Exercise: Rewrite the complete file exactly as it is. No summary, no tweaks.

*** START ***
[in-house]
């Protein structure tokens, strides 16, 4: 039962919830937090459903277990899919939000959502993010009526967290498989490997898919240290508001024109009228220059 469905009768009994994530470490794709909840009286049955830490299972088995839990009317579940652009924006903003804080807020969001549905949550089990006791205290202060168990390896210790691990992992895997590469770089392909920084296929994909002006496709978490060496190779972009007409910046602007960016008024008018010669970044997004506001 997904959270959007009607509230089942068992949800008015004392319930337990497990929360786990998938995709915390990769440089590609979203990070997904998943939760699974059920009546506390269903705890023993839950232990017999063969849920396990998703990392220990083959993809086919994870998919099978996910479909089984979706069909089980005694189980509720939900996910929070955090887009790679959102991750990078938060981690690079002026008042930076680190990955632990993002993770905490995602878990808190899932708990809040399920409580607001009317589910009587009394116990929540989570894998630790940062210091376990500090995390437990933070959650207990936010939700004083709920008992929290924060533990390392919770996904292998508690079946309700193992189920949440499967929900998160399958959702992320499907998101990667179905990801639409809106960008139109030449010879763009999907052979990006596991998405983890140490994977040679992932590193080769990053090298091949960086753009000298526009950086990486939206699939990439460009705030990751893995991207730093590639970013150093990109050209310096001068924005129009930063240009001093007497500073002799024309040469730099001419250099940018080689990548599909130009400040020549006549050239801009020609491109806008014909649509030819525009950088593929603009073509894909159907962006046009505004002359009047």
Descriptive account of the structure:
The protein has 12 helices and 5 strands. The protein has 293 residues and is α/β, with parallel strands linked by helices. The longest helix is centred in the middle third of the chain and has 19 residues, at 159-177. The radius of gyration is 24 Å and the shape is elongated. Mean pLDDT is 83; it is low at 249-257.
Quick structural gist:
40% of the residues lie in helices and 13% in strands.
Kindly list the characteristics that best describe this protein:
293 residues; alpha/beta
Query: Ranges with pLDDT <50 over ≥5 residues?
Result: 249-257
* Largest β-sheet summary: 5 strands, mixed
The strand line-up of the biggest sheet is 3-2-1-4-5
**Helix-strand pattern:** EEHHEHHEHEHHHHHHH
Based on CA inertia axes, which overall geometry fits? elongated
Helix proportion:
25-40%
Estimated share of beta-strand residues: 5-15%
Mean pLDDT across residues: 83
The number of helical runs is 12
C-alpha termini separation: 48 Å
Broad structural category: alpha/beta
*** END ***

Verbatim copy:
[in-house]
């Protein structure tokens, strides 16, 4: 039962919830937090459903277990899919939000959502993010009526967290498989490997898919240290508001024109009228220059 469905009768009994994530470490794709909840009286049955830490299972088995839990009317579940652009924006903003804080807020969001549905949550089990006791205290202060168990390896210790691990992992895997590469770089392909920084296929994909002006496709978490060496190779972009007409910046602007960016008024008018010669970044997004506001 997904959270959007009607509230089942068992949800008015004392319930337990497990929360786990998938995709915390990769440089590609979203990070997904998943939760699974059920009546506390269903705890023993839950232990017999063969849920396990998703990392220990083959993809086919994870998919099978996910479909089984979706069909089980005694189980509720939900996910929070955090887009790679959102991750990078938060981690690079002026008042930076680190990955632990993002993770905490995602878990808190899932708990809040399920409580607001009317589910009587009394116990929540989570894998630790940062210091376990500090995390437990933070959650207990936010939700004083709920008992929290924060533990390392919770996904292998508690079946309700193992189920949440499967929900998160399958959702992320499907998101990667179905990801639409809106960008139109030449010879763009999907052979990006596991998405983890140490994977040679992932590193080769990053090298091949960086753009000298526009950086990486939206699939990439460009705030990751893995991207730093590639970013150093990109050209310096001068924005129009930063240009001093007497500073002799024309040469730099001419250099940018080689990548599909130009400040020549006549050239801009020609491109806008014909649509030819525009950088593929603009073509894909159907962006046009505004002359009047």
Descriptive account of the structure:
The protein has 12 helices and 5 strands. The protein has 293 residues and is α/β, with parallel strands linked by helices. The longest helix is centred in the middle third of the chain and has 19 residues, at 159-177. The radius of gyration is 24 Å and the shape is elongated. Mean pLDDT is 83; it is low at 249-257.
Quick structural gist:
40% of the residues lie in helices and 13% in strands.
Kindly list the characteristics that best describe this protein:
293 residues; alpha/beta
Query: Ranges with pLDDT <50 over ≥5 residues?
Result: 249-257
* Largest β-sheet summary: 5 strands, mixed
The strand line-up of the biggest sheet is 3-2-1-4-5
**Helix-strand pattern:** EEHHEHHEHEHHHHHHH
Based on CA inertia axes, which overall geometry fits? elongated
Helix proportion:
25-40%
Estimated share of beta-strand residues: 5-15%
Mean pLDDT across residues: 83
The number of helical runs is 12
C-alpha termini separation: 48 Å
Broad structural category: alpha/beta